Skiing the Conditions of Parenthood

skiing

by guest blogger Renee James, humorist and blogger

About 15 years ago, I wrote a column about my boys and the day one of our gerbils died. Like most stories I wrote about my sons, it taught me a great deal about them, even more about myself and about why most of what I often considered a priority—especially while they were growing up—was nothing of the kind.

The facts of the case were these: After taking two of them for checkups with our pediatrician, my plan was to leave all three of my sons home alone for about an hour or so, while I returned to the office for the rest of the afternoon. (This was in the good old days of few workplace laptops or very limited options to work remotely.) The boys had my cellphone number and my office phone number and knew I could be home in a matter of 15 minutes. They were 11 (almost 12), 10, and 10 years old at the time, and I liked to think of them as “free-range” children before anyone even knew what that meant.

But the feedback I received after the column ran was that they were neglected and I was a self-absorbed “working woman” who didn’t care about them. Regardless of the message I’d hoped to convey in the piece, I heard from more than one reader about how selfish and irresponsible I was.

At the time, I was struck by how judgmental women seem to be of each other while knowing very few details; how harshly we seem to criticize each other’s choices and actions. And if we’re not criticizing, we’re bragging about how “successful” we are as the mothers of geniuses. Some women seem to convey on a daily basis how they’ve drawn the winning hand at motherhood, and they feel compelled to show their cards to everyone who’s just about ready to fold. The rest of us don’t want to get out of the game; we just need to figure out how to play the hand we’ve been dealt.

But I’ve been reading some news and columns that give me hope. I’m not nearly as alone as I thought. There are women out there, with their porch lights on, in a neighborhood that previously felt very dark indeed. Women like Nancy Wolf, who wrote an insightful and brilliant column titled “About That Mom Who’s Not Bragging about Her Kid.” It brought tears to my eyes. The love that these “silent” women feel for their child is boundless, eternal, steady, and unquestionable. But the truth is that the road to adulthood, while often paved with nothing but excellent intentions, also includes some hazardous detours. Nothing tragic; no steps that can’t be retraced (albeit with great effort and sometimes great pain); but it can take someone entirely off course. Suffice it to say the path some children follow is not the Point-A-to-Point-B journey that many people believe is the only route on the map.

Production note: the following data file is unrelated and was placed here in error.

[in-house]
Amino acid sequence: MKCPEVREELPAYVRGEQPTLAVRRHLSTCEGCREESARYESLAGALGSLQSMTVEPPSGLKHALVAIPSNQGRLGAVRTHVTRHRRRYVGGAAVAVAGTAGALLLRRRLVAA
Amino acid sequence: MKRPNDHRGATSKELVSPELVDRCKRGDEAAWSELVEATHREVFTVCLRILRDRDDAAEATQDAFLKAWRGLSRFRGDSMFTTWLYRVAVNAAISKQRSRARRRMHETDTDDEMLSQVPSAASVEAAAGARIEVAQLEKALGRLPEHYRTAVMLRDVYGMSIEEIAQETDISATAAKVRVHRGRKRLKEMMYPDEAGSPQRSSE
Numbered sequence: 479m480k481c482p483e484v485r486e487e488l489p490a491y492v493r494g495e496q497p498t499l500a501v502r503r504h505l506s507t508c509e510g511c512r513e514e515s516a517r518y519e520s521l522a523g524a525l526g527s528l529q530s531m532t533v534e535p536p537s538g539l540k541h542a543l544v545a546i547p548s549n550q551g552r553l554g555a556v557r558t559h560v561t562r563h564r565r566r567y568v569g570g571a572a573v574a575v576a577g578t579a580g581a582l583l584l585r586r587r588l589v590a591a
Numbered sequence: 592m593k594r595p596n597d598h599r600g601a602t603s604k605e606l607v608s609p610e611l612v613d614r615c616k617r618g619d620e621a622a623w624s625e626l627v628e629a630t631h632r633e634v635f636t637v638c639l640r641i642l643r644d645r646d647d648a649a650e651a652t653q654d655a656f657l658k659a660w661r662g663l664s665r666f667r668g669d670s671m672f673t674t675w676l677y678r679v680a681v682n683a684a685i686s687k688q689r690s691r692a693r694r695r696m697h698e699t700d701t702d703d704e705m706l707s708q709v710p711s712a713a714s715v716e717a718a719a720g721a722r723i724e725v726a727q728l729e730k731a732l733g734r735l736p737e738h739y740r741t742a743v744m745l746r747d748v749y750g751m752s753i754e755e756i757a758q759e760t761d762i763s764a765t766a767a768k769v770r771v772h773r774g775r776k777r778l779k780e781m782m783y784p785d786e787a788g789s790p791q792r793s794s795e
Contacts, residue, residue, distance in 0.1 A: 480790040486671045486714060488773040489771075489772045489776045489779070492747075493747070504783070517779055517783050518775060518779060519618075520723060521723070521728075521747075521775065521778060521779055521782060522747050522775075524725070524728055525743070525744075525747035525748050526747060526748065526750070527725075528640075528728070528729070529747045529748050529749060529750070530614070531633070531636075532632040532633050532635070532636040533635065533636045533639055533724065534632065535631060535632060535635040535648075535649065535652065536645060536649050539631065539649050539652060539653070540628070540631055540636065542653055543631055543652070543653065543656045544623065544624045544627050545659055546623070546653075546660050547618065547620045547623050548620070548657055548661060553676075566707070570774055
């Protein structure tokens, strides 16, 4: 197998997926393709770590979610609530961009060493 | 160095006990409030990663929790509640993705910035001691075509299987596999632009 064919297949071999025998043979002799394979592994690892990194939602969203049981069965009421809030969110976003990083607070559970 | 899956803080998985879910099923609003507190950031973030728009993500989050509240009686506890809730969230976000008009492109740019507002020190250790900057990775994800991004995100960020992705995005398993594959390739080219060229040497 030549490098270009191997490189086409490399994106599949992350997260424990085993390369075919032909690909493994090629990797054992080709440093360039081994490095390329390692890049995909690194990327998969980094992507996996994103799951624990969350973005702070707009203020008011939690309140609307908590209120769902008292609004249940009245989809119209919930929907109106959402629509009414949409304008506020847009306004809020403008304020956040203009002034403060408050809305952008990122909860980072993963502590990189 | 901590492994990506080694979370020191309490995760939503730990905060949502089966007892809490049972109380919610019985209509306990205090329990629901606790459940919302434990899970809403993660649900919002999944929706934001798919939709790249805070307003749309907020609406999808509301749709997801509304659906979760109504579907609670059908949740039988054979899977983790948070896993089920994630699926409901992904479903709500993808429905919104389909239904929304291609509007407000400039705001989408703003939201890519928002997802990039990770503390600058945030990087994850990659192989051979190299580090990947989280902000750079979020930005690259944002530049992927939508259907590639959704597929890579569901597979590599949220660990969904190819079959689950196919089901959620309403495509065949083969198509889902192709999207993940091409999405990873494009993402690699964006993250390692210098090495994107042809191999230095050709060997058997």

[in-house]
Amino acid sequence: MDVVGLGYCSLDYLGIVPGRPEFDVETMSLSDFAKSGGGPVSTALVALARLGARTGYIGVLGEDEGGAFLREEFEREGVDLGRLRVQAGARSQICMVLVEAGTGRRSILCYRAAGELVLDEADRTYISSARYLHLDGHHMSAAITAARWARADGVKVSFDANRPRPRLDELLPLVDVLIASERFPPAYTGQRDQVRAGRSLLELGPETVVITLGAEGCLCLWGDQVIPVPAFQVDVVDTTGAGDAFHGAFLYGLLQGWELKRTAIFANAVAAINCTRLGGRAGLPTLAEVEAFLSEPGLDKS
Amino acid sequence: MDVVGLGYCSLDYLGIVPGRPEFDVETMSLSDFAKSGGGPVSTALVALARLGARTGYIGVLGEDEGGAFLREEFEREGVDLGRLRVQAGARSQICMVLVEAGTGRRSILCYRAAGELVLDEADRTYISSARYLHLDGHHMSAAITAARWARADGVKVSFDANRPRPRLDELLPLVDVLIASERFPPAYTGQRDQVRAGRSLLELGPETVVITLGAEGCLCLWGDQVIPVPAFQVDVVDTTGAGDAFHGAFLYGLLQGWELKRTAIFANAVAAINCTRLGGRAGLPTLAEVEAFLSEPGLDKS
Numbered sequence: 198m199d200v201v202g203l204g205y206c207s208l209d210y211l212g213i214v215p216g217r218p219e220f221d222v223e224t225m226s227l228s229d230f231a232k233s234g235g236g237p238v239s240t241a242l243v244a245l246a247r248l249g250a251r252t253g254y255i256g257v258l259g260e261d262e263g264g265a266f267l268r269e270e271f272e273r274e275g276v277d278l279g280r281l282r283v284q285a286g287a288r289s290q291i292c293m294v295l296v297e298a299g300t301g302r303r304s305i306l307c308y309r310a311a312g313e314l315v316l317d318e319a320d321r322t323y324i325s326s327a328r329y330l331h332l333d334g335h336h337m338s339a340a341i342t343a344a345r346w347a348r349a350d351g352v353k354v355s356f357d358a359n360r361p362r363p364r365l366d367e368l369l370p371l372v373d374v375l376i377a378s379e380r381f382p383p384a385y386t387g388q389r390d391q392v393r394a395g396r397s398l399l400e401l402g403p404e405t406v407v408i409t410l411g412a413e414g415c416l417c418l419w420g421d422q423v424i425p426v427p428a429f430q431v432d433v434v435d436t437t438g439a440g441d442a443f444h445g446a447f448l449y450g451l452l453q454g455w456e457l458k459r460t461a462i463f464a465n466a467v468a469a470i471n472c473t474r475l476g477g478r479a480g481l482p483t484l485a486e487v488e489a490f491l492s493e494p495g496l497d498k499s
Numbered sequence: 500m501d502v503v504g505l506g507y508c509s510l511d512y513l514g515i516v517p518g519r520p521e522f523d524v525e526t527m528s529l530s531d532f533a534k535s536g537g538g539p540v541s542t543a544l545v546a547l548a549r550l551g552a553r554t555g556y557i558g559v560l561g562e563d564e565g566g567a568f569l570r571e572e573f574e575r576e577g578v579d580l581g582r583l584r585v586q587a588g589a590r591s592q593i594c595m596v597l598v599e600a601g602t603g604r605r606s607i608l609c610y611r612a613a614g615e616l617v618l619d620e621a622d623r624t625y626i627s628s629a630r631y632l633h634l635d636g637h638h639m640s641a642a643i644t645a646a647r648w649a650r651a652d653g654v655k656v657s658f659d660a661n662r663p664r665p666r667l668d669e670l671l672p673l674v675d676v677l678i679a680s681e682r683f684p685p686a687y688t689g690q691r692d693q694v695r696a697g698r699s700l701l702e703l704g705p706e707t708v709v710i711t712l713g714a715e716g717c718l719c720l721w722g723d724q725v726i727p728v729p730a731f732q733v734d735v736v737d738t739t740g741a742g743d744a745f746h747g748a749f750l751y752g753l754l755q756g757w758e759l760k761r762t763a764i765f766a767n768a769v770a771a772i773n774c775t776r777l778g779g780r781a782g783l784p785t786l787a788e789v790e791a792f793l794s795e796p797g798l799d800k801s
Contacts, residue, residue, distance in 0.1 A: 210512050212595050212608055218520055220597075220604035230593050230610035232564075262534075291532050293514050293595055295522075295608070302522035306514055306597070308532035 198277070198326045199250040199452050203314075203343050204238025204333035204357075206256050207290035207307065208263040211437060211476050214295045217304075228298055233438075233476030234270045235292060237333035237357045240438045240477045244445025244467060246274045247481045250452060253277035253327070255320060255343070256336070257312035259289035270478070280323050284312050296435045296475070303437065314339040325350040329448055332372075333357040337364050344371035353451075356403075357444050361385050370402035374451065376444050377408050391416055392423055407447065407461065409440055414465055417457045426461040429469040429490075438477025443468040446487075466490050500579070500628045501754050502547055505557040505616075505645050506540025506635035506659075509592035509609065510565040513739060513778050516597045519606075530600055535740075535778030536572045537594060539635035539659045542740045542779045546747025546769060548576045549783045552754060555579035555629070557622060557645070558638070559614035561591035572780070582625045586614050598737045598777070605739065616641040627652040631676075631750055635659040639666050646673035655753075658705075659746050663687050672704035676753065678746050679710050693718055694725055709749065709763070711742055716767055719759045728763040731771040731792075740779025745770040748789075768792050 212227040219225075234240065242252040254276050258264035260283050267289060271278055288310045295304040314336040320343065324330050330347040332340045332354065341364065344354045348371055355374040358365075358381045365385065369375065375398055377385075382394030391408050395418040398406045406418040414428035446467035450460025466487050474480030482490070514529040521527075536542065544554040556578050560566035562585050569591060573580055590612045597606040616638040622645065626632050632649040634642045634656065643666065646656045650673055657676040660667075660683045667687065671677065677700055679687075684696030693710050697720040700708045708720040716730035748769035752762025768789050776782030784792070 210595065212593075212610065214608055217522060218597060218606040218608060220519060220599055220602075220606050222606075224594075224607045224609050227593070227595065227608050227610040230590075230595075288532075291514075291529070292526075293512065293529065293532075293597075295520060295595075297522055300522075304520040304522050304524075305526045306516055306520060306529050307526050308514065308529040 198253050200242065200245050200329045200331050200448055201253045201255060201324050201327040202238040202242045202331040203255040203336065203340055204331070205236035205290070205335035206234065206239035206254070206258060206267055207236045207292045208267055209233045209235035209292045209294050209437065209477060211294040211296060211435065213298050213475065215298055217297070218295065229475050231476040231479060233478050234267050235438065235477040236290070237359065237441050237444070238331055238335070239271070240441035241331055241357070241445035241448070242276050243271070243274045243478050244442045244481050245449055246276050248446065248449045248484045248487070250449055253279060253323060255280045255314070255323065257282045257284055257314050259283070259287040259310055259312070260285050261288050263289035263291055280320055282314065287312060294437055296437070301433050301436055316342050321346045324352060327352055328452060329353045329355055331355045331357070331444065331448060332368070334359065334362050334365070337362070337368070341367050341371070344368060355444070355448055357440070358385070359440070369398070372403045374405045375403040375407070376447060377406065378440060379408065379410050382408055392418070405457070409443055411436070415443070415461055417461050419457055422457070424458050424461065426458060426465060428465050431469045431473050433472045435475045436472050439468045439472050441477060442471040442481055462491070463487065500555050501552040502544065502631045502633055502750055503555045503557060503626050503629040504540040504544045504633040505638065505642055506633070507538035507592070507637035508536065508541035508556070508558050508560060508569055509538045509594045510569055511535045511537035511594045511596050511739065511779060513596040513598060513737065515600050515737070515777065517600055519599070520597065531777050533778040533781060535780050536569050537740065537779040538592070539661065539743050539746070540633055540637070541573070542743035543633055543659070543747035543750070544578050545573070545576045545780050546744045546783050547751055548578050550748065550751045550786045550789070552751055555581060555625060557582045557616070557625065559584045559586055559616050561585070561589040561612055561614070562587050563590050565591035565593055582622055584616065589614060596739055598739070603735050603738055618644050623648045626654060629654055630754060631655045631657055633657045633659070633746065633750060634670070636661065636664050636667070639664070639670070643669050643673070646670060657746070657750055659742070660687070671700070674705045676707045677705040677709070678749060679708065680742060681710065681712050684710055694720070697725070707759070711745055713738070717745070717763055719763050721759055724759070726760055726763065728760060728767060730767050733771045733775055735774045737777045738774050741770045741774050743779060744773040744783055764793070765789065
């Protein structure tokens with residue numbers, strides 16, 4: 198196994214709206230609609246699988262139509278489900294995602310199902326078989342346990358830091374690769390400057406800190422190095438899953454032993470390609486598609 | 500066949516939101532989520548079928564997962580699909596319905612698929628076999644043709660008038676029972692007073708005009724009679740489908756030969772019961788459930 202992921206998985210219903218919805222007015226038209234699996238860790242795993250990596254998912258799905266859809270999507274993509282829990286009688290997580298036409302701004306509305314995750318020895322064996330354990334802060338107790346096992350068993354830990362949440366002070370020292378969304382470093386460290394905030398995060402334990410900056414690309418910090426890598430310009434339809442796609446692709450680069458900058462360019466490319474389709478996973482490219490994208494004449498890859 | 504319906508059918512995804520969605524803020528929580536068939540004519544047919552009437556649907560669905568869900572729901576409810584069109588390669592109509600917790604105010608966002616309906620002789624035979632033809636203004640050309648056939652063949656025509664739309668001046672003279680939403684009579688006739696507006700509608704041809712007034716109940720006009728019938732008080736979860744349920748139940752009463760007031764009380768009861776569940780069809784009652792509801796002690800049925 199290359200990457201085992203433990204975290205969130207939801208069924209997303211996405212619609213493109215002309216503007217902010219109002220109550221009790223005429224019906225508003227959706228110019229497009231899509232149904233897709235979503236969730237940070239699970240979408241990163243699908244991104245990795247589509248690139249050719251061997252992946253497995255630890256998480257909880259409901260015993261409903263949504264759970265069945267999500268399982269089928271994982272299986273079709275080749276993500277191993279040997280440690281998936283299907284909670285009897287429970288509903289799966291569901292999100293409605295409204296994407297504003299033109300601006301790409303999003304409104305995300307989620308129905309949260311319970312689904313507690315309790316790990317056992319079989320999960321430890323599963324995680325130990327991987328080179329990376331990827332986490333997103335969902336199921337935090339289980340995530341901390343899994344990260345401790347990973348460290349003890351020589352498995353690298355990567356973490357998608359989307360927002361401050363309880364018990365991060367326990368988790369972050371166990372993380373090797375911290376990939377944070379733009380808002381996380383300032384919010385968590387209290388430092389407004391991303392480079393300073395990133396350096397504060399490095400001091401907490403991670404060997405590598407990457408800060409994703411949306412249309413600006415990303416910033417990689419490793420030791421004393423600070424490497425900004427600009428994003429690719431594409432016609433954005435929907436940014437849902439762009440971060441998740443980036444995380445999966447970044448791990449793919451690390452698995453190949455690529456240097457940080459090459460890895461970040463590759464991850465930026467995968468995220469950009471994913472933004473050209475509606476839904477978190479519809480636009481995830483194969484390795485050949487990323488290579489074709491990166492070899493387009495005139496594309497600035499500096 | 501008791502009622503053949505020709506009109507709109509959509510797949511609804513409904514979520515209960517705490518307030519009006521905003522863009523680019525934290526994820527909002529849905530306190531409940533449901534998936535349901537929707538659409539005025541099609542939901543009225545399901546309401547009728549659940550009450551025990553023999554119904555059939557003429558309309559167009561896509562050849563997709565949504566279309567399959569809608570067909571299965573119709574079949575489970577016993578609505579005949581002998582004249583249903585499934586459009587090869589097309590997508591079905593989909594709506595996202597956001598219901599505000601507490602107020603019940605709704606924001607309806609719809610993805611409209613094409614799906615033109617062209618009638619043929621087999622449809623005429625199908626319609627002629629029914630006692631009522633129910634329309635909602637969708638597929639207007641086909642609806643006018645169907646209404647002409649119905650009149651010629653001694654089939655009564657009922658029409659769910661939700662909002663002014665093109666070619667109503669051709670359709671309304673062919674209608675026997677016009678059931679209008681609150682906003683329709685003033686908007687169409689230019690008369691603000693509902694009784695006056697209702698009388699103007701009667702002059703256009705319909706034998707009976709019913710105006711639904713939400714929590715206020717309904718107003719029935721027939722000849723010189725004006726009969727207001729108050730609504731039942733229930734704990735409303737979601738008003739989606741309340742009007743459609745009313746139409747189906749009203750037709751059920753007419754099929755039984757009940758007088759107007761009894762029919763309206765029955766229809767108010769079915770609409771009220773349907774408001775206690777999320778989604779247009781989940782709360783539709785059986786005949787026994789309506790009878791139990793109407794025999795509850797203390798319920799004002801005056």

In addition, I’m reading more and more about parents who are endeavoring to raise self-reliant, responsible kids and ignoring the hovering helicopter style so many other parents seem to favor. Parents like Danielle and Alexander Meitiv, who carefully and systematically helped their children acclimate to and then feel confident and comfortable walking a mile from their neighborhood playground to their home without an adult accompanying them. Look, I’m not about to debate how old children should be before parents allow them to walk around their own neighborhoods. That decision is as individual as the children themselves. I also have no idea what the Meitiv children are like and how responsible they are. I do know they’ve earned their parents’ trust.

There is no set of universal instructions that lead to “success” as a parent. There is no playbook that maps out the moves: Do this, this, this, this, and this—you’ll win. Raising children isn’t like a chess match, where you try to anticipate what will happen seven years down the road and plan accordingly. (Let me know how that works out for you.) Many people follow all the rules and make the right moves. Guess what? Sometimes even then, after checking off all the “responsible, loving parent” boxes, things go wrong.

So what’s the answer? Maybe raising children is more like “skiing the conditions.” No matter how skilled you think you are, no matter what worked in the past, the best thing to do is to read the conditions and respond accordingly. You hope you teach your children that sometimes one bad choice is the difference between an exhilarating run and a crash. Make a bunch of those bad choices? God bless. Sure, they’ll probably get up again, but they’ll have a lot more bruises to show for it.

What can I say? It’s called life. Being a human being. And 25 years into my “career” as a mother, I can say this: I’m trying to ski the conditions and learn from my own mistakes every single day. Yes. My mistakes.